Living outside the city limits means you have a bit more privacy, and a bit more room to stretch out, but it also tends to mean you’re out of range for municipal sewer connections. While it can seem intimidating to the uninitiated, septic tank maintenance is relatively simple, and straightforward. Following a few simple guidelines and sticking to a routine maintenance schedule can keep your system running without issue for years on end.
What is a Typical Septic Tank Maintenance Schedule?
While the United States Environmental Protection Agency estimates a range of three to five years between pumping, how well your system operates and for how long can vary dramatically, depending on your level of maintenance.
Septic tank maintenance includes the big things, like pumping the tank when it reaches capacity, but it also includes all the little day-to-day decisions you make between pumpings, too. Being careful what you flush or pour down the drains can have a tremendous impact on the health of your system, for instance. A tendency to flush things like cigarette butts or feminine hygiene products paired with a love of pouring strong antiseptic cleaners down the drain, for instance, will shorten the pumping cycle and introduce problems in short order.
Maintaining your septic system is easier when you’re mindful about water usage, too. For example, choosing to do several loads of laundry on the water-hogging heavy soil setting while one family member showers and another does dishes puts a tremendous strain on your septic system. The more water flowing through the faucets at one time in your home, the more being emptied directly into your septic tank.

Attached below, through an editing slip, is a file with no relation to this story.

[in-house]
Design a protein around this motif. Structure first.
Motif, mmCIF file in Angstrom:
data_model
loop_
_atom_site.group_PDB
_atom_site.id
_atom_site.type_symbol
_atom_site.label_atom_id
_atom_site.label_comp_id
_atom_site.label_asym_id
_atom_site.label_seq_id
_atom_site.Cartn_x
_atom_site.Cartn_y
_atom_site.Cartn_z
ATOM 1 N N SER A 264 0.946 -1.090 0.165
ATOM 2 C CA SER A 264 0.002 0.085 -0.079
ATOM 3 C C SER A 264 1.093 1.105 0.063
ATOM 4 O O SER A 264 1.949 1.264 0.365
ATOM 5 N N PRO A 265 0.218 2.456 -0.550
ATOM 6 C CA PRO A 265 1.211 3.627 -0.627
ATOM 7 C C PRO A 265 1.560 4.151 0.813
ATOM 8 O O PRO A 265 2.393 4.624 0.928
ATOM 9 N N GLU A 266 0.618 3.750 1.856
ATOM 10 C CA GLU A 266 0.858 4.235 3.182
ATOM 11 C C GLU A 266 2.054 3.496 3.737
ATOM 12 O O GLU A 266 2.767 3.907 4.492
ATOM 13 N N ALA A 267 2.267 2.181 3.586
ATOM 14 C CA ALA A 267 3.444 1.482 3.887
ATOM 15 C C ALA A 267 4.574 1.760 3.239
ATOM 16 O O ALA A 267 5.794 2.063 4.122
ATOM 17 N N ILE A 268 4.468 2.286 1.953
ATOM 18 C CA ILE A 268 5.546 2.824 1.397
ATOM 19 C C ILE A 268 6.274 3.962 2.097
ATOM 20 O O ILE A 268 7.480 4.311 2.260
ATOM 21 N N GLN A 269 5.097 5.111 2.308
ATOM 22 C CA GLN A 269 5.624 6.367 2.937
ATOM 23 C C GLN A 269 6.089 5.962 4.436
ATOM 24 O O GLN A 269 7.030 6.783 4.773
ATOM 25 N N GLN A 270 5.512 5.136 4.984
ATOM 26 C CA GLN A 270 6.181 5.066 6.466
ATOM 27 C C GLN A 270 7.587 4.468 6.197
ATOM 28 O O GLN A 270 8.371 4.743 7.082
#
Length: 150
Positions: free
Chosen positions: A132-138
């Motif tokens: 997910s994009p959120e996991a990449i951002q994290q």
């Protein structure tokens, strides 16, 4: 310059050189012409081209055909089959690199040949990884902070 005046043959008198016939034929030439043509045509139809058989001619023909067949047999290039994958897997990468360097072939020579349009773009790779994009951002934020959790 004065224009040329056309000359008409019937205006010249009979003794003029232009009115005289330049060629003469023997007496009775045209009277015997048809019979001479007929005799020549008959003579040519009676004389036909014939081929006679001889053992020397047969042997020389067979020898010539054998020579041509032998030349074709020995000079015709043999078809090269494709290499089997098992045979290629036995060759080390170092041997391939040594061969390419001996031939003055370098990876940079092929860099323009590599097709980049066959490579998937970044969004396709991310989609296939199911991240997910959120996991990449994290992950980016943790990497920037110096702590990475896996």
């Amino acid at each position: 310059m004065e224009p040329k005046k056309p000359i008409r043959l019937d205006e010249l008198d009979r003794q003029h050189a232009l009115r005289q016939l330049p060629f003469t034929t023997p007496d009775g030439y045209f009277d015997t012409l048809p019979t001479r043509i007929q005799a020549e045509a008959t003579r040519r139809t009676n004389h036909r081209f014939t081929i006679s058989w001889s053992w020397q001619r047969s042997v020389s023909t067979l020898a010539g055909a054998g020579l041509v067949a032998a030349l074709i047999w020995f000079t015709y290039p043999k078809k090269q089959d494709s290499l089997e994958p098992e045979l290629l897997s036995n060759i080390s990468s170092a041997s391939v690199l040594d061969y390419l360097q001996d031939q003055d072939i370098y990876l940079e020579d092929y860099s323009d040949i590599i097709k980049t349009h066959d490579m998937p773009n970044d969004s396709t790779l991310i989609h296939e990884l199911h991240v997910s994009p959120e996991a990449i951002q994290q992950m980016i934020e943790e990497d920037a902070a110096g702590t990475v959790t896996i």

Your system does best when it can process large volumes of water at a slower pace. Doing laundry several times throughout the week as opposed to a single heavy-duty laundry day is one small change that can have a big impact on septic tank maintenance.
What Sort of Professional Septic Tank Maintenance is Required?
Adjusting your daily habits and being mindful of your self-contained system can go a long way toward extending the time between tank pumpings. However, you’ll still want to invest in regular professional septic tank maintenance.
Ideally, septic tank maintenance should be part of an ongoing service arrangement that includes annual inspections. This is particularly true if your system features pumps, mechanical components, and electrical float switches. A professional inspection is the single best and most reliable method of staving off septic tank maintenance emergencies. No one wants the foul surprise that a septic tank is full and in need of attention; Sunset Septic can help with routine septic tank inspection services.